Early on, Sandoval and her team interviewed store owners about why they didn’t already stock healthy foods. The responses ranged from a lack of knowledge about how to manage perishables to lack of space to problems finding wholesale suppliers willing to sell in small quantities.
“But I would say the biggest hurdle is perception,” Sandoval says. “Corner stores in the past used to be little grocery stores. And then when supermarkets took over, the corner stores really changed to focus on packaged items. That sort of just became the status quo: This is how we operate.”
Corner Food Market, a North Philadelphia store about half a mile from the nearest full-size grocery, is one of the crown jewels of the initiative. The clean, inviting market is part of a new pilot project dubbed “Fresh Corners” that takes the idea behind the initiative a step further, essentially converting bodegas into mini grocery stores. Just inside the door, a kiosk for cooking demos flanks a case filled with blueberries, avocados, tomatoes, and other produce. Colorful shopping cart logos indicate the location of healthier items like low-sodium chicken broth and vegetarian beans. One refrigerated case features a few cartons of soy milk.
Profits are up since the store joined the program, according to employee Pablo Díaz. (The owner, his brother-in-law, was out of the country when we visited.) “Before, we had this rack here with fruits and they would go bad,” he says, pointing to an unobtrusive stand at the back of the store. “Now people are buying it. Now they say, ‘You got tomatoes?’ And we say, ‘Yeah, over there.’ And they say, ‘Oh, you have everything!’”
Díaz attributes the improved sales to The Food Trust’s help with sourcing and marketing, plus changes in how produce is handled and displayed.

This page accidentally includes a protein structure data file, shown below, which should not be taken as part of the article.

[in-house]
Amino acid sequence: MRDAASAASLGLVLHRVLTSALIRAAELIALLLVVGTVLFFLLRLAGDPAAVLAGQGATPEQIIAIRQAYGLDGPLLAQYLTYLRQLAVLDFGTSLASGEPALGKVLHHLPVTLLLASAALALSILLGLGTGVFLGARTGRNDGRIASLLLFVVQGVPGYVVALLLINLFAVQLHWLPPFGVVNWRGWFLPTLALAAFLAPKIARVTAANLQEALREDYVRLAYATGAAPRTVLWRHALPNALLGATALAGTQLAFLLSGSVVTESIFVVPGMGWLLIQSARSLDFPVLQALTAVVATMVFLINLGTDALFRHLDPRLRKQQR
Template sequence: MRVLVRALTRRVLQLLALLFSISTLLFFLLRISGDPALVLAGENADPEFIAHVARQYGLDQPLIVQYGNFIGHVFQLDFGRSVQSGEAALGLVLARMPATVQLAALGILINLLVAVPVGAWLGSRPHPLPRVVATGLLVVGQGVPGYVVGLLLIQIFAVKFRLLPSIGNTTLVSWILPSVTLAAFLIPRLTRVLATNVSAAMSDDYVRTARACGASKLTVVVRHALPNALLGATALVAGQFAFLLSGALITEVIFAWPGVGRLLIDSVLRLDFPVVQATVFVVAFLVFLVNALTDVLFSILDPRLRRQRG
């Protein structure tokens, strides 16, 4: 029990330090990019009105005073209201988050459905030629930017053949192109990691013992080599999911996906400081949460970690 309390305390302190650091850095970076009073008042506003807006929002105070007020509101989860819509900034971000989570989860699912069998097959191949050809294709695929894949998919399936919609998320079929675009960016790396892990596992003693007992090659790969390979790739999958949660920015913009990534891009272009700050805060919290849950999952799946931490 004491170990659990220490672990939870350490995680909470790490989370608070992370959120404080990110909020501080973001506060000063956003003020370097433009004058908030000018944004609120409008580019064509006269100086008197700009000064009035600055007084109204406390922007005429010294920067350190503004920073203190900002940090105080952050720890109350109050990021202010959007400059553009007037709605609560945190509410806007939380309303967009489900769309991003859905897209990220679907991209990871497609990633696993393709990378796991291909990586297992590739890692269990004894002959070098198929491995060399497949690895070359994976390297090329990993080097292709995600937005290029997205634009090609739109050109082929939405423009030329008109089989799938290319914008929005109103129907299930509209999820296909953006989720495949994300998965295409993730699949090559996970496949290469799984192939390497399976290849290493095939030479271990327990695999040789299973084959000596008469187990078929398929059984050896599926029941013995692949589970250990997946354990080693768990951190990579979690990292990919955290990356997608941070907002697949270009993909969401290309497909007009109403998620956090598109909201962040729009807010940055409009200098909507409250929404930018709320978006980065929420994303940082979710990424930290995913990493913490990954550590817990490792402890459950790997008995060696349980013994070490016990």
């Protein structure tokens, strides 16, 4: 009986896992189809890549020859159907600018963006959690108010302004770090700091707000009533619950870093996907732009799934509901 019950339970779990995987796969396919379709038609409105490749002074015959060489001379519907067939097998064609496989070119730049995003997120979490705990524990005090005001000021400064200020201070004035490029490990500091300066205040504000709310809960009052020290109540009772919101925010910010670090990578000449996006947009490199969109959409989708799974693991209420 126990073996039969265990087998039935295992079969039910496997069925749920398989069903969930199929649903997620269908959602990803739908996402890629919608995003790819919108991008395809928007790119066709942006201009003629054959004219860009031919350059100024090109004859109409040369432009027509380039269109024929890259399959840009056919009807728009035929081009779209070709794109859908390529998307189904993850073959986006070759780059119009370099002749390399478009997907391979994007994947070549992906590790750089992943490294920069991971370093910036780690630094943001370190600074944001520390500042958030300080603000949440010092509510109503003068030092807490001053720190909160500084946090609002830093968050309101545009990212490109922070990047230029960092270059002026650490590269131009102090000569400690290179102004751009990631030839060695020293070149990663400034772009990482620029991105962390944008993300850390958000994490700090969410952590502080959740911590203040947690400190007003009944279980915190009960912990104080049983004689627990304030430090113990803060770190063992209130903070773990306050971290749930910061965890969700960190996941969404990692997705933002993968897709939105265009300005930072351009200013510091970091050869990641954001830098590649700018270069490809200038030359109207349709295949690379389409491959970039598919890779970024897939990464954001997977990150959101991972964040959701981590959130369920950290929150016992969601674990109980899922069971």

Some research suggests that there is no direct evidence that access to healthy food affects health outcomes like obesity. (Recent signs of improvement in the city’s obesity rate are difficult to attribute to any one factor.) But researchers at The Food Trust, Temple University, and the University of Pennsylvania are currently analyzing data from the Healthy Corner Store Initiative measuring changes in calorie consumption and body mass index in light of the increased availability of healthy snacks. Their results could help establish a clearer connection between food access and improved health.
For now, the fact that so many stores have continued to stock healthy items is a good sign that those items are selling, Salvador says. Over the last year, her team has also begun to gather precise data. Five stores now feature point-of-sale (POS) cash register systems, which track every sale. The POS data should eventually help The Food Trust determine whether stores are selling more healthy foods, as well as answer more nuanced questions about details like the effect of changing store layout or placing items on sale.
In the meantime, Sandoval and her colleagues are also working on the demand side of the equation through various education initiatives and the Snackin’ Fresh Crew, a youth group dedicated to making healthy eating hip. Among the slogans the crew has devised: “Eat Your Veggies — Have Less Wedgies.” Now there’s a powerful argument for skipping the cheesesteak.